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Exchange Rate Pass-Through When Market Share Matters

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  • Kenneth A. Froot
  • Paul Klemperer

Abstract

We investigate pricing to market when the exchange rate changes in cases where firms' future demands depend on their current market shares. We show that i) profit maximizing foreign firms may either raise or lower their domestic currency export prices when the domestic exchange rate appreciates temporarily (i.e. the "pass-through" from exchange rate changes to import prices may be perverse); ii) current import prices may be more sensitive to the expected future exchange rate than to the current exchange rate; iii) current import prices fall in response to an increase in uncertainty about the future exchange rate. We present evidence that suggests the behavior of expected future exchange rates may provide a clue to the puzzling behavior of U.S. import prices during the 1980s.

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Bibliographic Info

Paper provided by National Bureau of Economic Research, Inc in its series NBER Working Papers with number 2542.

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Date of creation: Oct 1989
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Handle: RePEc:nbr:nberwo:2542

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  1. Katz, Michael L & Shapiro, Carl, 1985. "Network Externalities, Competition, and Compatibility," American Economic Review, American Economic Association, vol. 75(3), pages 424-40, June.
  2. Frankel, Jeff & Froot, Ken, 1986. "Using Survey Data to Test Standard Propositions Regarding Exchange Rate Expectations," Department of Economics, Working Paper Series qt1972q8wm, Department of Economics, Institute for Business and Economic Research, UC Berkeley.
  3. Richard Baldwin & Paul R. Krugman, 1986. "Persistent Trade Effects of Large Exchage Rate Shocks," NBER Working Papers 2017, National Bureau of Economic Research, Inc.
  4. Meese, R. & Rogoff, K., 1988. "Was It Real? The Exchange Rate-Interest Differential Ralation Over The Modern Floating-Rate Period," Working papers 368, Wisconsin Madison - Social Systems.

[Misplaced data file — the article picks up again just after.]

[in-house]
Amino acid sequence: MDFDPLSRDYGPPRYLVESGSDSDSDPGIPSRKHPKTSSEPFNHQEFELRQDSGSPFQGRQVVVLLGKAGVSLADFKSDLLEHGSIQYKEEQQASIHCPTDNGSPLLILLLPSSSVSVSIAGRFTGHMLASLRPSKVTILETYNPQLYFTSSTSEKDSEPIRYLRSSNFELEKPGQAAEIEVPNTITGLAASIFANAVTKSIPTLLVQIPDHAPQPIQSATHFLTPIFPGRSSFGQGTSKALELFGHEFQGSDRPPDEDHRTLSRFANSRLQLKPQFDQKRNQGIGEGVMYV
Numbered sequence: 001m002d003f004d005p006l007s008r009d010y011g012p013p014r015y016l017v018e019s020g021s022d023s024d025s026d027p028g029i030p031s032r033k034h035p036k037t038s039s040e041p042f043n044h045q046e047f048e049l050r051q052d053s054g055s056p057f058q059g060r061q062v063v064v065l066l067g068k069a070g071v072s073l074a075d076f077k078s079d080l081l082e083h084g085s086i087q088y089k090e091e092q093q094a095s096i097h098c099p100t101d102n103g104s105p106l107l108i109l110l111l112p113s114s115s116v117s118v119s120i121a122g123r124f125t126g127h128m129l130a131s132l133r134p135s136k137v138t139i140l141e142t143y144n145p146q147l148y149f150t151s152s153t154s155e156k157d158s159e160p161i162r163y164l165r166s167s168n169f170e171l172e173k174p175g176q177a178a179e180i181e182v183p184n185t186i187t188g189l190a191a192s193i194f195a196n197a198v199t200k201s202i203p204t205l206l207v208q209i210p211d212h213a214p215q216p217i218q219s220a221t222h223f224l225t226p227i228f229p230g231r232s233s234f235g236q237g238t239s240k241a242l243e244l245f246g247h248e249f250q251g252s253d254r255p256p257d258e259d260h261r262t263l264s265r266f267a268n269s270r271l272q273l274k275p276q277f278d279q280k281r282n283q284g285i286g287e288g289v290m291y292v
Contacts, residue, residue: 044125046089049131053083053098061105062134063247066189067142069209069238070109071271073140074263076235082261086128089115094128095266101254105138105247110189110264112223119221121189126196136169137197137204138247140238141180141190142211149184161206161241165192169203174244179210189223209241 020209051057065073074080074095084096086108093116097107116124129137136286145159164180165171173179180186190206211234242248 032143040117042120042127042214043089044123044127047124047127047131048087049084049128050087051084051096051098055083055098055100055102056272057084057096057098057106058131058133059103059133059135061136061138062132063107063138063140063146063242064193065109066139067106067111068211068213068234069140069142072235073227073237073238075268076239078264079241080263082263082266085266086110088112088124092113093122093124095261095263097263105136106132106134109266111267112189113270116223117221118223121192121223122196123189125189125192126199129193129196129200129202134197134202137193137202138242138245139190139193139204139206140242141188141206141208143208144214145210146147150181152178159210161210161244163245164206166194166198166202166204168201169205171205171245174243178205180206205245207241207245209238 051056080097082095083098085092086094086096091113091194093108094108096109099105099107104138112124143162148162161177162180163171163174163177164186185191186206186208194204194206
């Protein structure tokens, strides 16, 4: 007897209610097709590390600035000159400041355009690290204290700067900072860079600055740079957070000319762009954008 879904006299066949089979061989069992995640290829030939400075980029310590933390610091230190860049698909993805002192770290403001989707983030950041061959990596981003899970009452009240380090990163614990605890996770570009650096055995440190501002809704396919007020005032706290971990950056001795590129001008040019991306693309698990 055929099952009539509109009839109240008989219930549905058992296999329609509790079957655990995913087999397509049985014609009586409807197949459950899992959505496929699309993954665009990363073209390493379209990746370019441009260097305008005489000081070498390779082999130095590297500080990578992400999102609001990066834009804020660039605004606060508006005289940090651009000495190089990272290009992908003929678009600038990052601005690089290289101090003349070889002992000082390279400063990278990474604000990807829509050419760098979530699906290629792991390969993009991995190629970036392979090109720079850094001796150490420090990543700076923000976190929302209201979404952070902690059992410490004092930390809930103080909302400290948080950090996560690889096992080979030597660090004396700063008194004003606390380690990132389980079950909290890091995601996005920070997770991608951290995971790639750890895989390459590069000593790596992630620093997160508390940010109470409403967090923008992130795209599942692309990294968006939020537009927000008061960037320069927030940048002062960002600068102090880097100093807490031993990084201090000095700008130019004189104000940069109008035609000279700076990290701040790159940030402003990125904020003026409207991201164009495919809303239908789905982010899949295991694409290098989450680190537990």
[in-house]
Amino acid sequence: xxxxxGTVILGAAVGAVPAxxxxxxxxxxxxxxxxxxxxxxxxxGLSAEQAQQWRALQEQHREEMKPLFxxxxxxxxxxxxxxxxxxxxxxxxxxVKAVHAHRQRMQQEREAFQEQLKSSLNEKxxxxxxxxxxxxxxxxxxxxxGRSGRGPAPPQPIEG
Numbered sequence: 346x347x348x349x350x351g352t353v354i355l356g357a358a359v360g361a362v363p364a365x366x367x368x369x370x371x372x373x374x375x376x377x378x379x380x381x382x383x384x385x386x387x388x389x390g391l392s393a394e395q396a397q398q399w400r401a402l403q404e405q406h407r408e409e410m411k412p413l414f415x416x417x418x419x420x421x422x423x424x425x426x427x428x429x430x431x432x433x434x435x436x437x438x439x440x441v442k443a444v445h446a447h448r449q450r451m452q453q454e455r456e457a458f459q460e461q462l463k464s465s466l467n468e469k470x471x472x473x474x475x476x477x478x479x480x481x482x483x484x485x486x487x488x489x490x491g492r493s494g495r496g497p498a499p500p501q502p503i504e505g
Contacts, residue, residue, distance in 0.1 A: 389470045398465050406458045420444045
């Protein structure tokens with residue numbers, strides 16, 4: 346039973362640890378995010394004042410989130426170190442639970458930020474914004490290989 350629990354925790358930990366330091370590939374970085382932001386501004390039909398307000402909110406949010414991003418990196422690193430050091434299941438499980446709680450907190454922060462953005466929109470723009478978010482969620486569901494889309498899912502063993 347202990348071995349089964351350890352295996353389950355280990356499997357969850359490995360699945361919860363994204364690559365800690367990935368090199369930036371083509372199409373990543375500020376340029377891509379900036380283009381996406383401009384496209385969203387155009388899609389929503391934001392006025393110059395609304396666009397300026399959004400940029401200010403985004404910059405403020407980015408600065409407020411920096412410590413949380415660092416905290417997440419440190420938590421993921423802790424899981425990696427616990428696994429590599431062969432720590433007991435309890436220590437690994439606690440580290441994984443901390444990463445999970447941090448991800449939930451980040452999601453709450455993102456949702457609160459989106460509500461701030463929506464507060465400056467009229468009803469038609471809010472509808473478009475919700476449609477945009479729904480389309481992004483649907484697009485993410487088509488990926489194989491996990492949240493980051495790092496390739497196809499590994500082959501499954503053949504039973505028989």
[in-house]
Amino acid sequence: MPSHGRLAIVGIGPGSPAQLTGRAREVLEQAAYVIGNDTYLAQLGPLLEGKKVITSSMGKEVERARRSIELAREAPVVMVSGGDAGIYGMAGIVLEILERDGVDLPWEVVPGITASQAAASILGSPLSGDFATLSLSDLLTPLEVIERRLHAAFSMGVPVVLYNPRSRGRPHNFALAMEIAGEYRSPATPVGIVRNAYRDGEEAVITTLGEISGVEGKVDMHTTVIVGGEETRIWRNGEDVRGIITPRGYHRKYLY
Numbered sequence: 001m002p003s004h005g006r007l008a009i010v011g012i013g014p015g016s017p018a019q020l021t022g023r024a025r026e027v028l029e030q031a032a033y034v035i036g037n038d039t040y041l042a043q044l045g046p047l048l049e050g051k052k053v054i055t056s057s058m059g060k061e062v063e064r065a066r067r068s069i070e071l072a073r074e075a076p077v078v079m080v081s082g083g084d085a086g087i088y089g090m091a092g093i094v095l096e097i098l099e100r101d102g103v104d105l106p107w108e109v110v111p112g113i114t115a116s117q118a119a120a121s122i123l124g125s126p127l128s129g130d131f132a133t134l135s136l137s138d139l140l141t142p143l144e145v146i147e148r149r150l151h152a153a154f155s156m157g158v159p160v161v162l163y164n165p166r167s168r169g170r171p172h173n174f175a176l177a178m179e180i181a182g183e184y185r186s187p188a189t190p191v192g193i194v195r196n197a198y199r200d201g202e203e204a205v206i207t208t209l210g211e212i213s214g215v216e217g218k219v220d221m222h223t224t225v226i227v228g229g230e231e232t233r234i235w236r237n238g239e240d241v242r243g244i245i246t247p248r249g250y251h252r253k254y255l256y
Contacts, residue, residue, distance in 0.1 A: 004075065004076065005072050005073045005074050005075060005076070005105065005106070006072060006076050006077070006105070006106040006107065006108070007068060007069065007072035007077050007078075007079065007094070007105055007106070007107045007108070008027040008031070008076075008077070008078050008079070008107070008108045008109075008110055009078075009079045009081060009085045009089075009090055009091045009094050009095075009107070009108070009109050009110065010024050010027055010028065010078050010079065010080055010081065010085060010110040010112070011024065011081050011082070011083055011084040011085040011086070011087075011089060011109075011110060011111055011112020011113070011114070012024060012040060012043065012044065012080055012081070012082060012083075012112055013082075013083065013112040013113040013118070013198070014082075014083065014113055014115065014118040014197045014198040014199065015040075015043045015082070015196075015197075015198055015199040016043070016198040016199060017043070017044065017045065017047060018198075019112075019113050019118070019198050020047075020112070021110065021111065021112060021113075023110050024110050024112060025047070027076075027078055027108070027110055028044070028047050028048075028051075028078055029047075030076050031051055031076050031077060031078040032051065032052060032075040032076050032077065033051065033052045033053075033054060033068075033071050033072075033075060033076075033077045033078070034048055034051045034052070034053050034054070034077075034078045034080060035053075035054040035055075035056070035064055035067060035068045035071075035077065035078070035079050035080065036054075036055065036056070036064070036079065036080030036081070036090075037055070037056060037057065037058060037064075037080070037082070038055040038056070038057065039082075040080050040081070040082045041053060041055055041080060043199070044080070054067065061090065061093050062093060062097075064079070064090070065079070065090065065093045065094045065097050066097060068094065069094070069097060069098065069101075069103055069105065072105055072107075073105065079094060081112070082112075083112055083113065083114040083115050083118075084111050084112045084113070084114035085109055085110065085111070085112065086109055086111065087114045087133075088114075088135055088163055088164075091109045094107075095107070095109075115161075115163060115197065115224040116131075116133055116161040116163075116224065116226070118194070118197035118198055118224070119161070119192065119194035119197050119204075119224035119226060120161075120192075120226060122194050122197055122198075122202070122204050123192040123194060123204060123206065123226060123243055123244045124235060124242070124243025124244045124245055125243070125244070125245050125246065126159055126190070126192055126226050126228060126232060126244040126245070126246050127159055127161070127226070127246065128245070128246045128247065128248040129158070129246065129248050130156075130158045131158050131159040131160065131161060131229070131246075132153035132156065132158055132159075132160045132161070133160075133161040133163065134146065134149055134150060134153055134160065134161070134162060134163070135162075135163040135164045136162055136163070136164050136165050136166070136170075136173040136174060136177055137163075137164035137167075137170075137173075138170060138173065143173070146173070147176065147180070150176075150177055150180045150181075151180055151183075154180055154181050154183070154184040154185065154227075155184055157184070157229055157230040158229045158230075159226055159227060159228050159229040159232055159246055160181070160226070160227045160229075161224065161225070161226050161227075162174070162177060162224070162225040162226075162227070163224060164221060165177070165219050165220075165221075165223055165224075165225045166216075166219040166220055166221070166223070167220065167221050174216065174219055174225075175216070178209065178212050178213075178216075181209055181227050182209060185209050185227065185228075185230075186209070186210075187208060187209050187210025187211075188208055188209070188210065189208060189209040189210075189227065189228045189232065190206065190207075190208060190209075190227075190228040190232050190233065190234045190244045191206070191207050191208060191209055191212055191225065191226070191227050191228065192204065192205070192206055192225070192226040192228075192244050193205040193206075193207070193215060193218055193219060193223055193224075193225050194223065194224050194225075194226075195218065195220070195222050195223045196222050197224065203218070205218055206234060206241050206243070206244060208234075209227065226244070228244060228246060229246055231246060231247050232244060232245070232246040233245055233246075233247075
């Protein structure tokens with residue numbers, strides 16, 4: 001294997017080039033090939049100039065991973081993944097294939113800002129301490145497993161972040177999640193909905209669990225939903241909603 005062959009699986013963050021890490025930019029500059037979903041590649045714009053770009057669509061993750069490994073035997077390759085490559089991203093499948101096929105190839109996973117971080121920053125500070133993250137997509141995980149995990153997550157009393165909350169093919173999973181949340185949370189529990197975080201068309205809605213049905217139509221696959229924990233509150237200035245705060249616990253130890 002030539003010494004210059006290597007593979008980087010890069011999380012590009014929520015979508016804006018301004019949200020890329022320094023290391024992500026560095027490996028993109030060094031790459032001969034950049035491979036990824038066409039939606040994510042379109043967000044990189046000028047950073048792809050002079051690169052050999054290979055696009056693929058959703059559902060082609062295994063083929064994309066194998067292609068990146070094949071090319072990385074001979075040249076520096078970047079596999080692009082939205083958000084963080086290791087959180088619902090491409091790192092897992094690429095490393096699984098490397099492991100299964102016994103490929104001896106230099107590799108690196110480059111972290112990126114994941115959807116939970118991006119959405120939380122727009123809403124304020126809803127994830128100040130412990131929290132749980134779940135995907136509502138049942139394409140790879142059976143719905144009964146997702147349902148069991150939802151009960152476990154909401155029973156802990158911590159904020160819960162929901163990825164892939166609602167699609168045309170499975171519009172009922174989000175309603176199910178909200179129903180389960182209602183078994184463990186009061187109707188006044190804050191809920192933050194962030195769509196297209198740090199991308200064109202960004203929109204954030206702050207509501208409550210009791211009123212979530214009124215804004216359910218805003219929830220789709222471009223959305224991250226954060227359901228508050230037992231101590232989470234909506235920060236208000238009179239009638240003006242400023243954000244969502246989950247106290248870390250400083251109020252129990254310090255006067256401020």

5. Nelson, Phillip, 1970. "Information and Consumer Behavior," Journal of Political Economy, University of Chicago Press, vol. 78(2), pages 311-29, March-Apr.
  6. Arthur M. Okun, 1975. "Inflation: Its Mechanics and Welfare Costs," Brookings Papers on Economic Activity, Economic Studies Program, The Brookings Institution, vol. 6(2), pages 351-402.
  7. Dornbusch, Rudiger, 1987. "Exchange Rates and Prices," American Economic Review, American Economic Association, vol. 77(1), pages 93-106, March.
  8. J.-P. Fitoussi & E. S. Phelps, 1986. "Causes of the 1980s Slump in Europe," Brookings Papers on Economic Activity, Economic Studies Program, The Brookings Institution, vol. 17(2), pages 487-520.
  9. Robert B. Barsky & Lawrence H. Summers, 1990. "Gibson's Paradox and the Gold Standard," NBER Working Papers 1680, National Bureau of Economic Research, Inc.
  10. Jeffrey A. Frankel & Kenneth A. Froot, 1987. "Using Survey Data to Test Some Standard Propositions Regarding Exchange Rate Expectations," NBER Working Papers 1672, National Bureau of Economic Research, Inc.
  11. Paul R. Krugman & Richard E. Baldwin, 1987. "The Persistence of the U.S. Trade Deficit," Brookings Papers on Economic Activity, Economic Studies Program, The Brookings Institution, vol. 18(1), pages 1-56.
  12. Catherine L. Mann, 1986. "Prices, profit margins, and exchange rates," Federal Reserve Bulletin, Board of Governors of the Federal Reserve System (U.S.), issue Jun, pages 366-379.
  13. Farrell, Joseph & Shapiro, Carl, 1986. "Dynamic Competition with Lock-In," Department of Economics, Working Paper Series qt1d43h5sq, Department of Economics, Institute for Business and Economic Research, UC Berkeley.
  14. Edmund S. PHELPS, 1986. "The Significance of Customers Markets for the Effects of Budgetary Policy in Open Economies," Annales d'Economie et de Statistique, ENSAE, issue 3, pages 101-117.
  15. Klemperer, Paul, 1987. "Markets with Consumer Switching Costs," The Quarterly Journal of Economics, MIT Press, vol. 102(2), pages 375-94, May.
  16. Baldwin, Richard, 1990. "Hysteresis in Trade," Empirical Economics, Springer, vol. 15(2), pages 127-42.
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